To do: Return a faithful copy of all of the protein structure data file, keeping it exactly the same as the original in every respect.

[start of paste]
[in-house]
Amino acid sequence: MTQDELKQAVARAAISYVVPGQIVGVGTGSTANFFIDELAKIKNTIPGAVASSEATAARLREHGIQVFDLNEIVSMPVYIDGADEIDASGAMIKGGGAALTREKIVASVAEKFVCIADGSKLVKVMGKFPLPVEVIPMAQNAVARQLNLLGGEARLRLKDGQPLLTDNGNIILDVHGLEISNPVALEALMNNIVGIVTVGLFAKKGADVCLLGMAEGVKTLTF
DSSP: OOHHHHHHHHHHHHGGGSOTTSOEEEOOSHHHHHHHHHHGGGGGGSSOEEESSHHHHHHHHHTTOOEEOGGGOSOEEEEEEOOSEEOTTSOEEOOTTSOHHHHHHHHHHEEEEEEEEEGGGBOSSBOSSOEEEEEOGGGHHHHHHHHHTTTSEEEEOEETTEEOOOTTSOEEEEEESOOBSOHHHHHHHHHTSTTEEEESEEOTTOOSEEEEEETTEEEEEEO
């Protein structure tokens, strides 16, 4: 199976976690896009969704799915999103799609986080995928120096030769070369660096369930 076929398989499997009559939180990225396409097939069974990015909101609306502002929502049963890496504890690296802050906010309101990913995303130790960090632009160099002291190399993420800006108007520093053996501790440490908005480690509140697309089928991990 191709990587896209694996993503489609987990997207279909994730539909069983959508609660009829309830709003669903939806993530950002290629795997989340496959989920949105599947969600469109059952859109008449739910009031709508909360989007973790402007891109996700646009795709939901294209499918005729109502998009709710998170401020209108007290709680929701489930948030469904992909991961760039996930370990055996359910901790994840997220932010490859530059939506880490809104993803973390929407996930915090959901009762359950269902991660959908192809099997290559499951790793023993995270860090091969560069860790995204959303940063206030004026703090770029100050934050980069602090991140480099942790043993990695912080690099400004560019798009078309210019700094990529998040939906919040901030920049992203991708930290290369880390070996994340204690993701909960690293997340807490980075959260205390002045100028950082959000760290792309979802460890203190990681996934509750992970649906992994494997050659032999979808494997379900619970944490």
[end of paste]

[in-house]
Amino acid sequence: MTQDELKQAVARAAISYVVPGQIVGVGTGSTANFFIDELAKIKNTIPGAVASSEATAARLREHGIQVFDLNEIVSMPVYIDGADEIDASGAMIKGGGAALTREKIVASVAEKFVCIADGSKLVKVMGKFPLPVEVIPMAQNAVARQLNLLGGEARLRLKDGQPLLTDNGNIILDVHGLEISNPVALEALMNNIVGIVTVGLFAKKGADVCLLGMAEGVKTLTF
DSSP: OOHHHHHHHHHHHHGGGSOTTSOEEEOOSHHHHHHHHHHGGGGGGSSOEEESSHHHHHHHHHTTOOEEOGGGOSOEEEEEEOOSEEOTTSOEEOOTTSOHHHHHHHHHHEEEEEEEEEGGGBOSSBOSSOEEEEEOGGGHHHHHHHHHTTTSEEEEOEETTEEOOOTTSOEEEEEESOOBSOHHHHHHHHHTSTTEEEESEEOTTOOSEEEEEETTEEEEEEO
């Protein structure tokens, strides 16, 4: 199976976690896009969704799915999103799609986080995928120096030769070369660096369930 076929398989499997009559939180990225396409097939069974990015909101609306502002929502049963890496504890690296802050906010309101990913995303130790960090632009160099002291190399993420800006108007520093053996501790440490908005480690509140697309089928991990 191709990587896209694996993503489609987990997207279909994730539909069983959508609660009829309830709003669903939806993530950002290629795997989340496959989920949105599947969600469109059952859109008449739910009031709508909360989007973790402007891109996700646009795709939901294209499918005729109502998009709710998170401020209108007290709680929701489930948030469904992909991961760039996930370990055996359910901790994840997220932010490859530059939506880490809104993803973390929407996930915090959901009762359950269902991660959908192809099997290559499951790793023993995270860090091969560069860790995204959303940063206030004026703090770029100050934050980069602090991140480099942790043993990695912080690099400004560019798009078309210019700094990529998040939906919040901030920049992203991708930290290369880390070996994340204690993701909960690293997340807490980075959260205390002045100028950082959000760290792309979802460890203190990681996934509750992970649906992994494997050659032999979808494997379900619970944490």